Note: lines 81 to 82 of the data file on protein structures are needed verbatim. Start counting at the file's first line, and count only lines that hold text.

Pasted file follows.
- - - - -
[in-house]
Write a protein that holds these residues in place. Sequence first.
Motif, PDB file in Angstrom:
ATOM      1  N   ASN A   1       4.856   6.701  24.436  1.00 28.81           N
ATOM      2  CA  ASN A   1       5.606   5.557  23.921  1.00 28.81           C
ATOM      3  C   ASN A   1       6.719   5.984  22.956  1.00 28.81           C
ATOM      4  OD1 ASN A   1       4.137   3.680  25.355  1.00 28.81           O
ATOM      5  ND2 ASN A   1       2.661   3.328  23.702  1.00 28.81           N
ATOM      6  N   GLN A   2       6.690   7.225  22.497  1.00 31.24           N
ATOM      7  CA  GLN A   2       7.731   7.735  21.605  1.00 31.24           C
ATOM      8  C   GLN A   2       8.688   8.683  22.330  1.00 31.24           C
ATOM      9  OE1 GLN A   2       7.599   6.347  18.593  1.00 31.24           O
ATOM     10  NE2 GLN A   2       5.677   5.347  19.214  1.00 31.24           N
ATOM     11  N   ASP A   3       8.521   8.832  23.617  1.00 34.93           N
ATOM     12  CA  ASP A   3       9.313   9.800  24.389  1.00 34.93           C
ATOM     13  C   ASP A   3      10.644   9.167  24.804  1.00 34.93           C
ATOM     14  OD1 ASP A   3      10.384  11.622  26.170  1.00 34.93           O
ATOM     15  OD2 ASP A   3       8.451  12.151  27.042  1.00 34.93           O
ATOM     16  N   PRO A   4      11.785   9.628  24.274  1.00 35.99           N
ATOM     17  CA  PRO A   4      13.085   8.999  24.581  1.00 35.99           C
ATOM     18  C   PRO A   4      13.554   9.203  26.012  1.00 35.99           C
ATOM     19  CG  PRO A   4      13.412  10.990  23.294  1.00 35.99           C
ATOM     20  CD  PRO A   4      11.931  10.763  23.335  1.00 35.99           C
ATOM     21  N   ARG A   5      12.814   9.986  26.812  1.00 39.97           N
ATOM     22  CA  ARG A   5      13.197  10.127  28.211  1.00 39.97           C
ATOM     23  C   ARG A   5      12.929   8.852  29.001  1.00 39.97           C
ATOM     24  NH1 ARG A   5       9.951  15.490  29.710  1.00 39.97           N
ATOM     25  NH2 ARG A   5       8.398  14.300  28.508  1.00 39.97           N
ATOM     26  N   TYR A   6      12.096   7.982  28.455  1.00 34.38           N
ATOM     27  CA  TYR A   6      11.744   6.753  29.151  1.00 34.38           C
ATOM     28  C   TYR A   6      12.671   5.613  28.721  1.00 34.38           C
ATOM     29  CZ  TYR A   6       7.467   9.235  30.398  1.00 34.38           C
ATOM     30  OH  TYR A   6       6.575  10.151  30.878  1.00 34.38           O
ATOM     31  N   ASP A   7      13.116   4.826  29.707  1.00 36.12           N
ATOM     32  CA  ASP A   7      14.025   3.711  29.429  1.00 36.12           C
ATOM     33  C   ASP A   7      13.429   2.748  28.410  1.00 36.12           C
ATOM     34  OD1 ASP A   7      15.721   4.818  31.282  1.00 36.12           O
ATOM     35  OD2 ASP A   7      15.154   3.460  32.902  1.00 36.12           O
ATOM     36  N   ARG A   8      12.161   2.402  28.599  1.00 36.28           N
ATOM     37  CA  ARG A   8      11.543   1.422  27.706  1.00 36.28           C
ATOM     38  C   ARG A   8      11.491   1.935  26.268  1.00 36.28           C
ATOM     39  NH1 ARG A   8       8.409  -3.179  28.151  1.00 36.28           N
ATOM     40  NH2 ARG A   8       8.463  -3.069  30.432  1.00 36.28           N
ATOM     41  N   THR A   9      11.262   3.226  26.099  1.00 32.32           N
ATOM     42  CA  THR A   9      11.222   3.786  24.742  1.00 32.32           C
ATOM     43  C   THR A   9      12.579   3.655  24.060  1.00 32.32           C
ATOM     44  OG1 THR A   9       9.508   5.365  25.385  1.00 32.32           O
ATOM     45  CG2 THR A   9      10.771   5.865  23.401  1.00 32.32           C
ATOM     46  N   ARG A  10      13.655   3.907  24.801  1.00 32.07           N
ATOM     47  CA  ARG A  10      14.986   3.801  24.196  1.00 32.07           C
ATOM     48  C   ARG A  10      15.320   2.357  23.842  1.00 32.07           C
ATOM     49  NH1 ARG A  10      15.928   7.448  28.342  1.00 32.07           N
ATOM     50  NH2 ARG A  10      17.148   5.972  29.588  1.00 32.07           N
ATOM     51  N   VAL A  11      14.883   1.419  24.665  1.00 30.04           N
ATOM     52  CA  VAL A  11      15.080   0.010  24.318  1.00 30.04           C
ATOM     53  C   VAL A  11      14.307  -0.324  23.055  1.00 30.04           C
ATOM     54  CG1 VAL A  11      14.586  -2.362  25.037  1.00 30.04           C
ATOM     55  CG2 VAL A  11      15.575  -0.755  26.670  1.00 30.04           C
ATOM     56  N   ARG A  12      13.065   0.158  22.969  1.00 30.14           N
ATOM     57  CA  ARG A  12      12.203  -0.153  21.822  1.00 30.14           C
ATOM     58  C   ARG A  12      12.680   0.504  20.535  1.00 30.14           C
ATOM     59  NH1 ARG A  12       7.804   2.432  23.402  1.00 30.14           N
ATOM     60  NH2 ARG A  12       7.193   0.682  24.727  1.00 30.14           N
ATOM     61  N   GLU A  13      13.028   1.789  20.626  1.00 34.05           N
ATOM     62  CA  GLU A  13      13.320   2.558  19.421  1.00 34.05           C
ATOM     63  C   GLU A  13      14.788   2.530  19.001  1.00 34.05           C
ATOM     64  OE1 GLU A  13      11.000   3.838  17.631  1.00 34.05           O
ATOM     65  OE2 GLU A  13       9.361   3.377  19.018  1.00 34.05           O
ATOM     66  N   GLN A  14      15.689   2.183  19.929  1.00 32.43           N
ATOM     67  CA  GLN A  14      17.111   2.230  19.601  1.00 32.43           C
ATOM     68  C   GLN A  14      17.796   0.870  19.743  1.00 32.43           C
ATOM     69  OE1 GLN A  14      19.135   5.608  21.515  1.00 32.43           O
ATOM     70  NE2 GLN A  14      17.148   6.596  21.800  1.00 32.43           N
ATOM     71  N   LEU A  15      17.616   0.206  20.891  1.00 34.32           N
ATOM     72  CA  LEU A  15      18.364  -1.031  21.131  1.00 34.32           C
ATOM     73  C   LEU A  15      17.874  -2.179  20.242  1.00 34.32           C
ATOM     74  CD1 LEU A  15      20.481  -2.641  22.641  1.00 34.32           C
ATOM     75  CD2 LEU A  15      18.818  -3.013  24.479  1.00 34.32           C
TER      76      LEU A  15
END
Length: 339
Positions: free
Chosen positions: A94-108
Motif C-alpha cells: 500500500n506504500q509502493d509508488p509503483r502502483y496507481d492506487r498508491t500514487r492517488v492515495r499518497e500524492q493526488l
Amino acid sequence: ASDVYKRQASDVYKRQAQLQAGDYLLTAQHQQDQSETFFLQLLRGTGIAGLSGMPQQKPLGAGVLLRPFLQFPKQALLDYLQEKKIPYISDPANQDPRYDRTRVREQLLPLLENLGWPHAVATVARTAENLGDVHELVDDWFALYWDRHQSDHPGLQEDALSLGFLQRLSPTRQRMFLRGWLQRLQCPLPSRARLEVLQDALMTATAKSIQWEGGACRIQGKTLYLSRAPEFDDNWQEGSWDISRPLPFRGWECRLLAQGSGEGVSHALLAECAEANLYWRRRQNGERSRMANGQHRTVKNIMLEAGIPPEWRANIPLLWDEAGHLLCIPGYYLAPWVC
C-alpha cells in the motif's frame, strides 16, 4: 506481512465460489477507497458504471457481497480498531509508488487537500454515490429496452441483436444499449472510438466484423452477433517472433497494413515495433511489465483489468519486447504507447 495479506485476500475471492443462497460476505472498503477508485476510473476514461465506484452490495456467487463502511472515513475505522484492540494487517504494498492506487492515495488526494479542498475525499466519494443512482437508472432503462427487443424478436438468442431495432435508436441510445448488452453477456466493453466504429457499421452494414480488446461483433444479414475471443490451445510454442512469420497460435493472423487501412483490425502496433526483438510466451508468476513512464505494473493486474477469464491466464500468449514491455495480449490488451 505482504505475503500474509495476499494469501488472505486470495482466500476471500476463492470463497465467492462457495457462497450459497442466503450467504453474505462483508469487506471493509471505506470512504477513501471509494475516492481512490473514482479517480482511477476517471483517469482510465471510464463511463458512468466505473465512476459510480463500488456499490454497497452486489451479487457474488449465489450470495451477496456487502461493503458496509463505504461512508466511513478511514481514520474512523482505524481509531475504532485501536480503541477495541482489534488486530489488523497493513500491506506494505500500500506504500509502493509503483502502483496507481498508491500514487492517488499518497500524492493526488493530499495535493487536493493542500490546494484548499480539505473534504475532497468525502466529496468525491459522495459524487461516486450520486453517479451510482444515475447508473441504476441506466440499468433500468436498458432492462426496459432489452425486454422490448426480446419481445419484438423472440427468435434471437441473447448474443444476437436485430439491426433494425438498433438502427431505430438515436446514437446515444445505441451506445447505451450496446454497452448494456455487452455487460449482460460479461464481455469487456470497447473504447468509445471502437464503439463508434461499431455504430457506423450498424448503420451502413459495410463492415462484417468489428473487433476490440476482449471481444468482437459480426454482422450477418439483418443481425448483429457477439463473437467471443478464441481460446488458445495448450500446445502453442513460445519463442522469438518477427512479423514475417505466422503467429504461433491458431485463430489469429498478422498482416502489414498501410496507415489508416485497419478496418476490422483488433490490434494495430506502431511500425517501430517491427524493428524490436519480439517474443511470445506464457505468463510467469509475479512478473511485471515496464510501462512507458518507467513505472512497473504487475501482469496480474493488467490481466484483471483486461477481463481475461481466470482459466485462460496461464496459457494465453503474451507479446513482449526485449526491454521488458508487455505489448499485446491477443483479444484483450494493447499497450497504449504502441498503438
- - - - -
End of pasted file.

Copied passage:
Length: 339
Positions: free